Owner Remuneration and Business Valuations Explained
Topics discussed in this paper include:
Owner Remuneration Valuation Theory Normalising
When assessing the value of a business, it is necessary to take account of variables in both a firm’s accounts and its approach to conducting business. Such reviews help to establish a credible value in the context of the broader market place. Often it is necessary to adjust the earnings of a business to take into account any abnormal or discretionary income and/or expenses. The most common, and often significant, adjustment concerns remuneration payments to business owners.
Regardless of the amount of salary a business owner has paid themselves, Business Valuers need to determine the market rate salary of the business owner. Factors considered in estimating the market rate salary include:
- the hours worked by the owner
- their qualifications and experience
- the level of responsibility and number of employees they manage
- the salary of other senior employees in the business and
- the size of the business.
Another way to look at it would be to ask a simple question: if the owner was leaving the business, and therefore had to employ someone to replace them, how much would they need to pay that new employee to attract a suitable candidate – at a similar level to the owner?
A quick review of the methodology underpinning Business Valuations serves to illustrate why arriving at the appropriate market rate salary level is so important.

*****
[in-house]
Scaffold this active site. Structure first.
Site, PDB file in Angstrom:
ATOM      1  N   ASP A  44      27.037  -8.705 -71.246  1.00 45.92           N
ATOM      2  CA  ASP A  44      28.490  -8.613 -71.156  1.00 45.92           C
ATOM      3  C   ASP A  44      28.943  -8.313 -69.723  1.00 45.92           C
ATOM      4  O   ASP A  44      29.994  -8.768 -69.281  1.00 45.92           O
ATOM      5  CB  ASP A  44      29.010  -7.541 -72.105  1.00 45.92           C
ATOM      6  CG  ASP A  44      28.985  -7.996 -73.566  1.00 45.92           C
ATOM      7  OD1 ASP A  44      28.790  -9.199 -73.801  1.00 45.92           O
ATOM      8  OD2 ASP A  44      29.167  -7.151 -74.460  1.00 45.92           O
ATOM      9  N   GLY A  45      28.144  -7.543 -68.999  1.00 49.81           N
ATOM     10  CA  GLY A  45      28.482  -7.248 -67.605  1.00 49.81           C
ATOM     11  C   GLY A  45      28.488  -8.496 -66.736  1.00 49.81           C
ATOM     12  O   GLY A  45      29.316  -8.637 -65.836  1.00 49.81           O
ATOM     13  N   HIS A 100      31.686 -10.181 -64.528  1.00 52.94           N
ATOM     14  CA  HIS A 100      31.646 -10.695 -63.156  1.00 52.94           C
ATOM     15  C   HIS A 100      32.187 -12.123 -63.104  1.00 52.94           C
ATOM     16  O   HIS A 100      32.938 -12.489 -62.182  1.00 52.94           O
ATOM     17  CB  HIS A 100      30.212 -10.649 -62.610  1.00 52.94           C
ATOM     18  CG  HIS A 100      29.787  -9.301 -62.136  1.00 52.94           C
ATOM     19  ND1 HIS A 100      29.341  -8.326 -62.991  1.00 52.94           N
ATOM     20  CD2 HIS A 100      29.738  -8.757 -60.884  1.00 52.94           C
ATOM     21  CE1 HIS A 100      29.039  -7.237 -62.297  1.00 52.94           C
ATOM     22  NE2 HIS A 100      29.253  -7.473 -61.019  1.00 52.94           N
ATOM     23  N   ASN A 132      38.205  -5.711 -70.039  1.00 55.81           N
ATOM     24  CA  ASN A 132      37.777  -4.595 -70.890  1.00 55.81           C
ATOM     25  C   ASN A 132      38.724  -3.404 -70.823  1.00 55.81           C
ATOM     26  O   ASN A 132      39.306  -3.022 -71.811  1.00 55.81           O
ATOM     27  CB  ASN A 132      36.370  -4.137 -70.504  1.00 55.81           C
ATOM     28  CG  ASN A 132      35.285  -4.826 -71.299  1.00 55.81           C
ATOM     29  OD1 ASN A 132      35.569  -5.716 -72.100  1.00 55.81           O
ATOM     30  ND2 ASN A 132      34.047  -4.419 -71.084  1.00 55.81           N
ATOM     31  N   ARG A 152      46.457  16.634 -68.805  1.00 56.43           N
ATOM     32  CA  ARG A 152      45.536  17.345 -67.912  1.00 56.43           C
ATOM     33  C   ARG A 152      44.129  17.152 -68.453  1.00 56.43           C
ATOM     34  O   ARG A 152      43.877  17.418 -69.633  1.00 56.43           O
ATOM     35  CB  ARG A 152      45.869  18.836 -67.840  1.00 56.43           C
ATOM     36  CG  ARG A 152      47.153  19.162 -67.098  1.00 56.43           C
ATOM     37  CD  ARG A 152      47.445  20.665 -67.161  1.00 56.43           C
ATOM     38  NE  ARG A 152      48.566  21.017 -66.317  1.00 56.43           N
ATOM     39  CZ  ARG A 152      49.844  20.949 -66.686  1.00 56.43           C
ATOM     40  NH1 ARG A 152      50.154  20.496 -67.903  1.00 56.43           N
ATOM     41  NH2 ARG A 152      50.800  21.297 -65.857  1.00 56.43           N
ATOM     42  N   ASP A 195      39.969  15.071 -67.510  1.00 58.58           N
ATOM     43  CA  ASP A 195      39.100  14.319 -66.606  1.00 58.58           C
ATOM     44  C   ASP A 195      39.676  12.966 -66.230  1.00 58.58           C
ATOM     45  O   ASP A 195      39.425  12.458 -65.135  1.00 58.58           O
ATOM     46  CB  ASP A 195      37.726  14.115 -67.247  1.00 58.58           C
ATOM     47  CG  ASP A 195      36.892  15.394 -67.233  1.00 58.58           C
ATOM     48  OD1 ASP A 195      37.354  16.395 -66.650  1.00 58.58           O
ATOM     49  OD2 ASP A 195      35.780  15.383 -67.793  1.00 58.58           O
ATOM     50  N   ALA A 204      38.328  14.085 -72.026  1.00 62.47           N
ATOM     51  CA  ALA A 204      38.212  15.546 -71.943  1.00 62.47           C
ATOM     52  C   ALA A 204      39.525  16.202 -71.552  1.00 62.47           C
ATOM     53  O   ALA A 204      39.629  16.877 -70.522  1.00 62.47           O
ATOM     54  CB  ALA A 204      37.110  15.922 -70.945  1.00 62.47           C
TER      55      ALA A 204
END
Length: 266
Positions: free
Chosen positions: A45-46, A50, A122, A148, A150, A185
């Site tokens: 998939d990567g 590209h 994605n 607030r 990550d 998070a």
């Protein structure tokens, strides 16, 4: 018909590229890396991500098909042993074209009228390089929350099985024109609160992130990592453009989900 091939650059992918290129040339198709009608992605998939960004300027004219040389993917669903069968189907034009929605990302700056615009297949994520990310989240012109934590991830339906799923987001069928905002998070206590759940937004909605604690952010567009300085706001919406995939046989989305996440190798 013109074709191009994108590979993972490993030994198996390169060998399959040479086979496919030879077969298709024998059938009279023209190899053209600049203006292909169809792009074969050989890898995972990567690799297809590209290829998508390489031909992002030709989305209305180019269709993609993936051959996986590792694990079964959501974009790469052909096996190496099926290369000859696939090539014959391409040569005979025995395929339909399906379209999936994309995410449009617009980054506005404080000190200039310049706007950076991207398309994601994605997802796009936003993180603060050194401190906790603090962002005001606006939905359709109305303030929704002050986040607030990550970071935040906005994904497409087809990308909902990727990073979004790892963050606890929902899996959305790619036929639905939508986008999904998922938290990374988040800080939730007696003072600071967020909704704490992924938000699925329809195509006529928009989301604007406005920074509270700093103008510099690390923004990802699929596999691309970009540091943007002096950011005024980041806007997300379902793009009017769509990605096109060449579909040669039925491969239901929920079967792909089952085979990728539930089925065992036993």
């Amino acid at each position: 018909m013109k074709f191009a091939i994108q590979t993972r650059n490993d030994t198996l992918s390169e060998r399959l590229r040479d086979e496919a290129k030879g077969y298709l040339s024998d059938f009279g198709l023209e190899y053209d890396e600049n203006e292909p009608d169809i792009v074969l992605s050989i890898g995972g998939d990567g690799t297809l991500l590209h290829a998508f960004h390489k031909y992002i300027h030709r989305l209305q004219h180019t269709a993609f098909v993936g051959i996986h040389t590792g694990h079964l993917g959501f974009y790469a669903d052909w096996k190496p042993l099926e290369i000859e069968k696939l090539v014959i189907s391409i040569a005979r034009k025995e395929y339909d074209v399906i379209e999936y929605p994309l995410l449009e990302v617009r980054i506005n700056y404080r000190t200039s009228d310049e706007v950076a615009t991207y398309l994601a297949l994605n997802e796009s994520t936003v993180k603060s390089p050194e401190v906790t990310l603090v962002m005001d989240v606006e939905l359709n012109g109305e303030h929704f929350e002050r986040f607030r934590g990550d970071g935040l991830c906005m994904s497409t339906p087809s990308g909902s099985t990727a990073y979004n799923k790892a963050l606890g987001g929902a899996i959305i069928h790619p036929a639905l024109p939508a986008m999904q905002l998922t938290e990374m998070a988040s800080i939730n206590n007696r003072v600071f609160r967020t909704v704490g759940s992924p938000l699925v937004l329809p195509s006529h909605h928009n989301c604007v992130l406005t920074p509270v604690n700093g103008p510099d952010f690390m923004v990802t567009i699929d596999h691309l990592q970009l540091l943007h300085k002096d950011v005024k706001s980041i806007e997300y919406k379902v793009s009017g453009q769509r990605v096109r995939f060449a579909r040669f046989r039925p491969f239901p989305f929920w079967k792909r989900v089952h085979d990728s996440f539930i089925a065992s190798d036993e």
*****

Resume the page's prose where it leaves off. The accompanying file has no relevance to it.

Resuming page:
Most Business Valuations are calculated using an ‘income approach’.
The income, or profits, of a business are reviewed to determine the business’ value. Two frequently applied methods for assessing value (the Capitalisation of Earnings Method and the Discounted Cash Flow Method) rely on a careful and considered review of a business’ income.
For this reason it is necessary to adjust the earnings of the business for any abnormal or discretionary expenses or income – especially remuneration payments to business owners.
Once an appropriate market rate salary of the owner has been determined, it is then a relatively simple matter of replacing the actual salary they have been paid with the market rate salary. This process is known as ‘normalising’ the earnings. This normalisation process is essential as it then allows businesses to be compared on a like-for-like basis.
For example: say the owner of a small manufacturing business paid himself a salary of $20,000 per year and his business returned a net profit of $150,000 (after paying himself the salary). If it were established the market rate salary for his role was actually $100,000 per year, it would be necessary to make a negative adjustment to the earnings of the business of $80,000 ($100,000 – $20,000). In this case the normalised earnings of the business would then become $70,000 ($150,000 – $80,000). We then know the true earnings of that business is $70,000 and it can then be compared to other similar businesses and industry data to determine the business’ value.
Normalising the earnings of a business is an essential part of undertaking a business valuation.
The single-most significant variable for review and adjustment is the remuneration paid to the owner.
The level of remuneration business owners pay themselves, and the way in which they do it can have a huge impact on the reported profits of the business. By replacing this discretionary expense with a realistic market rate, the business valuation can be accurately determined.